FAQs: How Much Should a Small Business Website Cost?

I have been asked this question many times and I pretty much always say the same thing. It depends on how you would like to use your website in your business. Now this may sound like I’m dodging the question but just hear me out.

A website is essentially a blank canvas that you do pretty much what you like, but most businesses use it to either market or sell their products and services in some form or fashion.

How big a role your website plays in your business really has to do with how much time and money you want to devote to it. I often advise my prospective clients not to invest a lot of money into a website until they have a specific goal in mind.

Websites can take up a lot of time and the idea of you just building a website and the people will come is a myth.

Many business owners have unfortunately had such a poor experience with their first website that they never want to do it again. The frustration comes from feeling like they wasted valuable time and money on a site that isn’t doing anything for their business.

Go Beneath the Surface and Dig Deeper
What I often find when I run into this situation with prospects and clients, is that if we dig deeper we discover that the designer they worked with before didn’t push hard enough to find out what they wanted to use the site for and in turn just gave them something so they could get paid.

Look, you can have the most up-to-date, beautiful website in the world, but if you don’t integrate your website into your overall business, even if it’s just for marketing or for sales – then you essentially have a glorified billboard that won’t do anything for you or your customers.

Launching a website with no goal or plan is like saying you want to finally loose those last ten pounds. You join a gym, sign-up with a personal trainer and then you never go back. Instead, you just sit on the sofa in your apartment and wait for the pounds to come off. Are you going to lose the weight this way?

Most likely not, but does that mean the personal trainer, classes and equipment in your gym were no good? No, it just means you didn’t use them. The same holds true for a website, it’s only useful if you actually use it.

Plan Accordingly
So what does this have to do with the cost? Everything. It doesn’t matter whether you spend $500 or $5,000 you need to ask yourself what do I want my website to do for my business? Then plan accordingly, I know people get tired of hearing it, but it’s the truth.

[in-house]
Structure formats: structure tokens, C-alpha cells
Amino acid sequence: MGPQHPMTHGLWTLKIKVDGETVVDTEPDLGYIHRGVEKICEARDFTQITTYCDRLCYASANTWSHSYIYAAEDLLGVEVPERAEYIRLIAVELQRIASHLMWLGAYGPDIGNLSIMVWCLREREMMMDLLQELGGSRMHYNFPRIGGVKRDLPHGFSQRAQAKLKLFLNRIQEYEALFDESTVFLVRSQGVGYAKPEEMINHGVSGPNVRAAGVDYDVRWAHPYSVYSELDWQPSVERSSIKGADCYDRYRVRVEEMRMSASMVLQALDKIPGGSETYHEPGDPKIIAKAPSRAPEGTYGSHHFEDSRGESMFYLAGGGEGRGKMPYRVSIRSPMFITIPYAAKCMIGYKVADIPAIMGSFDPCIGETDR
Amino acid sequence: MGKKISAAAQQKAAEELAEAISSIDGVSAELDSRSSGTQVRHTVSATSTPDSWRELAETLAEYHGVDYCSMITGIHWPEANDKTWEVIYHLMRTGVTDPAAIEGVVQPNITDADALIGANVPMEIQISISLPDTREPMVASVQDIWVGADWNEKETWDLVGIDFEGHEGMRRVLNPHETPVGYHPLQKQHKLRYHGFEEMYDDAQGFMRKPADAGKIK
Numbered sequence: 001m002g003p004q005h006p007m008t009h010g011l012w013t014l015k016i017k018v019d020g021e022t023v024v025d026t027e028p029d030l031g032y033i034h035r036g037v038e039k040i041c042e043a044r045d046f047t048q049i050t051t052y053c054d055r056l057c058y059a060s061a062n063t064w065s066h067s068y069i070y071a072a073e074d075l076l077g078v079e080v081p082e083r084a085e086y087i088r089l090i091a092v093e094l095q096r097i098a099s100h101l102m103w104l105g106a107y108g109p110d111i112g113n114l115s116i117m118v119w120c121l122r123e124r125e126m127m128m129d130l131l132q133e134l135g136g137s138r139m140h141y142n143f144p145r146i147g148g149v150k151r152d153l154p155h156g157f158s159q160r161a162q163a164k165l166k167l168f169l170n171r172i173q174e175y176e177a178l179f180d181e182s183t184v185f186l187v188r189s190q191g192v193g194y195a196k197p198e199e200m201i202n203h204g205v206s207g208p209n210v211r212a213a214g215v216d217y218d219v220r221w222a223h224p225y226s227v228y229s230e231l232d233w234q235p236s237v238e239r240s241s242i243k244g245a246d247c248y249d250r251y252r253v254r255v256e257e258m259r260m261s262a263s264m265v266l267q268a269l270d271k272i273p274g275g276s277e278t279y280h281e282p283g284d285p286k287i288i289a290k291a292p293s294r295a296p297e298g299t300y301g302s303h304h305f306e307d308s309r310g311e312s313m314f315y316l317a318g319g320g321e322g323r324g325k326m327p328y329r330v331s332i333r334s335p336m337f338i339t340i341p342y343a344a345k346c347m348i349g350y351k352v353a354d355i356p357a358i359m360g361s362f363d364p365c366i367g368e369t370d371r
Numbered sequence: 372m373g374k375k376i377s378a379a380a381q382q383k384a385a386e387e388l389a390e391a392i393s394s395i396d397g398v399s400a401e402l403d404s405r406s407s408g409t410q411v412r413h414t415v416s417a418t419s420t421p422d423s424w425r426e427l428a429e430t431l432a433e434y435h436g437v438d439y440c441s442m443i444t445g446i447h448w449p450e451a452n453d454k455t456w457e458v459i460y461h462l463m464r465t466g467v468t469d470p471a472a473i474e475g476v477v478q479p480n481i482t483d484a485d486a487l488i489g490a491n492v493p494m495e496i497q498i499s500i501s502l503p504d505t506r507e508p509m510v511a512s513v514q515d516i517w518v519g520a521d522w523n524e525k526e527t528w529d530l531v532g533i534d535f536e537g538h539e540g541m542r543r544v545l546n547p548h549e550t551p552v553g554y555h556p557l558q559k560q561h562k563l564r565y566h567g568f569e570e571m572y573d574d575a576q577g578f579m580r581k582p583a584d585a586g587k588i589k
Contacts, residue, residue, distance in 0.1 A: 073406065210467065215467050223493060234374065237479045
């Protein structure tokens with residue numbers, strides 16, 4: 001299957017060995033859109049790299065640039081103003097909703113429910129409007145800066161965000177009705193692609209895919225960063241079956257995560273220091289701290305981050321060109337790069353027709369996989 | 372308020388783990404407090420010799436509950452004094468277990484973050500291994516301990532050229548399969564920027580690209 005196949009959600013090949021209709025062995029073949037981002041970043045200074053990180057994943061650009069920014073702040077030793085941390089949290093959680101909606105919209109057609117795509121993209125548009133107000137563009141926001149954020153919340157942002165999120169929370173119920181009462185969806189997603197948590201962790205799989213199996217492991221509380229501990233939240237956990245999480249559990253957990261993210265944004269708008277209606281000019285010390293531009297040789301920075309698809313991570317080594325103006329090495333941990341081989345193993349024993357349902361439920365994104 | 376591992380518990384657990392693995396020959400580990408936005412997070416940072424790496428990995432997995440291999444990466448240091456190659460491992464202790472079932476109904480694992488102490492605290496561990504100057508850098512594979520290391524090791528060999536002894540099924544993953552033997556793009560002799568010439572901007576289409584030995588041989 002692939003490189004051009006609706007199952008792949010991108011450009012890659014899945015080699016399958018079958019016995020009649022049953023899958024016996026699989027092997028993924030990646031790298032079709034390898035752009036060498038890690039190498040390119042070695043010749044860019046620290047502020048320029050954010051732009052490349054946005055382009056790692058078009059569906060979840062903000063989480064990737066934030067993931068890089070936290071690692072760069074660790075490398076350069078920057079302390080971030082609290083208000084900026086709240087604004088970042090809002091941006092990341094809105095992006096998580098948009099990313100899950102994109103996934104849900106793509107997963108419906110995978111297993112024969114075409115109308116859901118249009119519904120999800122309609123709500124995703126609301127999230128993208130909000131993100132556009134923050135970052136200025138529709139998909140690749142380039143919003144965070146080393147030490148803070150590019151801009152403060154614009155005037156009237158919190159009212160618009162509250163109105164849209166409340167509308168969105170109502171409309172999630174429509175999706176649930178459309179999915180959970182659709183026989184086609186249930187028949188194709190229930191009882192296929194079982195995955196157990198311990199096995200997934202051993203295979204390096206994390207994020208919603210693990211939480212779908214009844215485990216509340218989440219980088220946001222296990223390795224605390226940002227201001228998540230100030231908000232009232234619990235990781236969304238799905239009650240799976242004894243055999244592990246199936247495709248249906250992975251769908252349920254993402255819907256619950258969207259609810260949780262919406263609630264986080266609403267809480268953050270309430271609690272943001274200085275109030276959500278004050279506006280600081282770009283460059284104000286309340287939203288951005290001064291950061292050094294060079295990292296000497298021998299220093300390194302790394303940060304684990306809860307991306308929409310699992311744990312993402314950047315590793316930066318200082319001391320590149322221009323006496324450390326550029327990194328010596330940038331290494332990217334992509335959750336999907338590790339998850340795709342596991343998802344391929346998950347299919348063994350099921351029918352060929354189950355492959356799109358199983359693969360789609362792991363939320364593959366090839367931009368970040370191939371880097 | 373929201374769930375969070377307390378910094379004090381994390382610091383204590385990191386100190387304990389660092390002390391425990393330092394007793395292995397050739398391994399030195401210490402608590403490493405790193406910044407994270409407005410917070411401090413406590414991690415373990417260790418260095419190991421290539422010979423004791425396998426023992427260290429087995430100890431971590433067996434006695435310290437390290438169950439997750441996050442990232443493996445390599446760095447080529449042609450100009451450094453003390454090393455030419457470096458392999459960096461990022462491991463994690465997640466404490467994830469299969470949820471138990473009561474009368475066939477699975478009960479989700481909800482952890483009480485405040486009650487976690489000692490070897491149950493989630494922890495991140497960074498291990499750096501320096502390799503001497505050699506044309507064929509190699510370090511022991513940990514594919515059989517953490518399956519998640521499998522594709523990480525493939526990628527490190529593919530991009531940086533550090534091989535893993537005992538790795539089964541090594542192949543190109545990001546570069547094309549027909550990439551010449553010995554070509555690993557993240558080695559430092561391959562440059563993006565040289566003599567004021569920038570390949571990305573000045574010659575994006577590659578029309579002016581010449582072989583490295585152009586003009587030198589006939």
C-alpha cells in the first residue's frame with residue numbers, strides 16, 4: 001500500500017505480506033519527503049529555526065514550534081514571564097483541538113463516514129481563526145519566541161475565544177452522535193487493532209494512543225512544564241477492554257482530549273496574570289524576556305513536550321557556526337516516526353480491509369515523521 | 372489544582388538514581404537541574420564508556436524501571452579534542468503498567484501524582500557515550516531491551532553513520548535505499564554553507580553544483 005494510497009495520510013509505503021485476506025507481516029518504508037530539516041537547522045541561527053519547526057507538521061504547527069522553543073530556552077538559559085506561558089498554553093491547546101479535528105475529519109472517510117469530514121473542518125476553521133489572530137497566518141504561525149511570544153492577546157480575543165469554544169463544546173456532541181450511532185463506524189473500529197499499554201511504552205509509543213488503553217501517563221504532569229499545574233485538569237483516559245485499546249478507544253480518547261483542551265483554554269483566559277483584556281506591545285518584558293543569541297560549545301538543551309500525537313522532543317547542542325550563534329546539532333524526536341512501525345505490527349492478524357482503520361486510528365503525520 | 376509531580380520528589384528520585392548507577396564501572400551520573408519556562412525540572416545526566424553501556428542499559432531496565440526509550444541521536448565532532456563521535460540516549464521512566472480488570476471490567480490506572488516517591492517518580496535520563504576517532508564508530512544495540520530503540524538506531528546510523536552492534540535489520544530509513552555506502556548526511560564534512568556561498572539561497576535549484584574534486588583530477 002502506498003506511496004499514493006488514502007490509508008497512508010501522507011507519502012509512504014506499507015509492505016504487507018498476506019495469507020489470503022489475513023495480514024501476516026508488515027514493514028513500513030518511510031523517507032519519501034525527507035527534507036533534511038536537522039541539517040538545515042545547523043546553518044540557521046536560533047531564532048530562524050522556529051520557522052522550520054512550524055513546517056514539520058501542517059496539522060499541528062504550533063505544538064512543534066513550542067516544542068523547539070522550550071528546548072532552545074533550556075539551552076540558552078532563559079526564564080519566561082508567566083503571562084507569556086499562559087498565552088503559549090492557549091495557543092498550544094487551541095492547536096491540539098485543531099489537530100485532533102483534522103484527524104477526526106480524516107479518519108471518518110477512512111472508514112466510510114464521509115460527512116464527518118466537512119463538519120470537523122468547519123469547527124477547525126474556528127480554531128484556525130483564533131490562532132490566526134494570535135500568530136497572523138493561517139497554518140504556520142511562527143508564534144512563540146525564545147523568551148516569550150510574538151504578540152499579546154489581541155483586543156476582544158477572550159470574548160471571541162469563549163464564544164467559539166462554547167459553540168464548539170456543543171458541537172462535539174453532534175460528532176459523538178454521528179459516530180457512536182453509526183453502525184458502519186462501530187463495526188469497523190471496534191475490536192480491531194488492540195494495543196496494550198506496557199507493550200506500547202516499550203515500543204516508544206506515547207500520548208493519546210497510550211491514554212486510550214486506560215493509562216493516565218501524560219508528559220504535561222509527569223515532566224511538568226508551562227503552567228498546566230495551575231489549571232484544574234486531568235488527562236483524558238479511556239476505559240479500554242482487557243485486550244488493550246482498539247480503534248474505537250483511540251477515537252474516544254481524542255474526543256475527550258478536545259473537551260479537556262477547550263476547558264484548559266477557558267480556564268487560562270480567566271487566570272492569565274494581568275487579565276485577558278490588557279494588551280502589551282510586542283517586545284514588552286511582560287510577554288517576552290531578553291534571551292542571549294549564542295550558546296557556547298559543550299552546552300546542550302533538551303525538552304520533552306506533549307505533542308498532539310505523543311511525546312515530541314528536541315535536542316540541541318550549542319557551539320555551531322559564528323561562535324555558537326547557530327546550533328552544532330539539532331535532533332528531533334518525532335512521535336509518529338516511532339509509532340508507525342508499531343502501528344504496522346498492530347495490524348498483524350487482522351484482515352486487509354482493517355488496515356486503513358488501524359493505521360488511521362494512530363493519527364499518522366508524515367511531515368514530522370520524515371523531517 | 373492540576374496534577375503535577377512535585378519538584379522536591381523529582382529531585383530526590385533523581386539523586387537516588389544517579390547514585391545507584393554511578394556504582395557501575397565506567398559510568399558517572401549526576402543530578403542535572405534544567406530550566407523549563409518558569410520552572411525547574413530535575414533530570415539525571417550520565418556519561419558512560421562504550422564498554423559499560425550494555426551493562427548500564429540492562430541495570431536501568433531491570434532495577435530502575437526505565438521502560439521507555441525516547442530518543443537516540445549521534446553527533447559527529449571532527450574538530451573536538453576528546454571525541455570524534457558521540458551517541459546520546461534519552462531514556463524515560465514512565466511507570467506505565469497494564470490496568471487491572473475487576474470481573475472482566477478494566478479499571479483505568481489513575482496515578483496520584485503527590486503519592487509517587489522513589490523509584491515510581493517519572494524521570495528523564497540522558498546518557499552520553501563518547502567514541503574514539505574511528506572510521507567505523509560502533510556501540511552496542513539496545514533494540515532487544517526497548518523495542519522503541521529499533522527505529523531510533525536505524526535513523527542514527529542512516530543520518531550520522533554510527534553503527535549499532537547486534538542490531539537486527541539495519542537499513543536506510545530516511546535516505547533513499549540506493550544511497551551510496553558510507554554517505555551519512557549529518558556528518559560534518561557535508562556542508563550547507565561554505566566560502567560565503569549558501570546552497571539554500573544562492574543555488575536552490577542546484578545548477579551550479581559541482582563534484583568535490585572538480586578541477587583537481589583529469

Find the right people to work with you and schedule time to work on your website during your day. If you’re just starting out and you’re too overwhelmed by all of the choices out there, you may want to start off with a basic informative website.

This gives all of the pertinent information about you, your products and/or services. It should be no more than 5 pages and can start from about $500 for a basic installation to up to $2500 on average for a custom designed site.

These are not agency prices however. Most agencies, even the small firms of 4 to 5 people, won’t even consider a website for less than $15,000. It just isn’t cost effective for them to do so, but they should be able to refer you to one of their “subs” who most likely is working with a small business owner like yourself already.

For more complicated jobs, like an ecommerce site or for custom social media and email templates, these projects typically start at around $2,500 and go up from there depending on the “scope of work”. The more complex it is the more work there is to be done and the more you will likely pay.

In any case, you want to make sure that whomever builds your site, that they set it up on a reliable and well-documented CMS like WordPress or Joomla. This will give you a great foundation to build upon and the flexibility of being able to move your site fairly easily, without having to start from scratch which can be costly.

Now I’m sure by now some of you are wondering about those free themes and templates out there. Well, I have nothing against them, until you ask me to try and fix them. The time I have spent in the past trying to clean-up mistakes made by clients who tried to go it alone and code their own site, is more than twice the time I would need if I had coded the site from scratch.

Suffice to say – the less you pay for a website, the more work you are going to have to do yourself. Plus, even if you manage to find a theme or template that you really like, what good is it to you if you don’t know how to use it? It’s like buying a really expensive car before you even learn how to drive. This is what I mean about “planning accordingly”.

Websites aren’t cheap and you want to make sure that you get started off on the right foot. Don’t be afraid to do a little research and reach out to a few designers and ask for a brief consultation.

A professional designer, should be able to answer your questions fairly easily or if they aren’t able to help you, at the very least they should be able to point you in the right direction.

Question: What’s the one thing you would like to be able to do with your website? Share your comments below.

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This post was updated on March 1, 2020

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